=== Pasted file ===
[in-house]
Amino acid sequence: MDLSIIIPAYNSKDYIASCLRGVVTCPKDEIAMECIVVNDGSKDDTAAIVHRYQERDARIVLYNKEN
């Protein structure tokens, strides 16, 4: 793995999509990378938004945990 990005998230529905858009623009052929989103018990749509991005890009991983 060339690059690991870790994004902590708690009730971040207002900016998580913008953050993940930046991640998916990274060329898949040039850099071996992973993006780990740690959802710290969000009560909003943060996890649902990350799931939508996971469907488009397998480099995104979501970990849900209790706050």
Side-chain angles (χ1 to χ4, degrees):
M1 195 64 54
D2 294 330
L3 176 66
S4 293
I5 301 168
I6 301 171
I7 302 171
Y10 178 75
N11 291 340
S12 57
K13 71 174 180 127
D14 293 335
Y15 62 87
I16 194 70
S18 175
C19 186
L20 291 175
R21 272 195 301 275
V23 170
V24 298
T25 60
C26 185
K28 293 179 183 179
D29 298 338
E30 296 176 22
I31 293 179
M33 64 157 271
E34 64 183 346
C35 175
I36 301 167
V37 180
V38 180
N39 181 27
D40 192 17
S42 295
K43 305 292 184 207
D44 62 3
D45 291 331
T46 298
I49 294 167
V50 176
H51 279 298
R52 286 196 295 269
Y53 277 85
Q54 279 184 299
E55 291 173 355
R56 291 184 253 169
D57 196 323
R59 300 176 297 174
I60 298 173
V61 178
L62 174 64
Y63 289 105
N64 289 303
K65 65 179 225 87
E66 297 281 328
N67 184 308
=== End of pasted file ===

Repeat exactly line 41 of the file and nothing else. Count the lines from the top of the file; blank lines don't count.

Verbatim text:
D44 62 3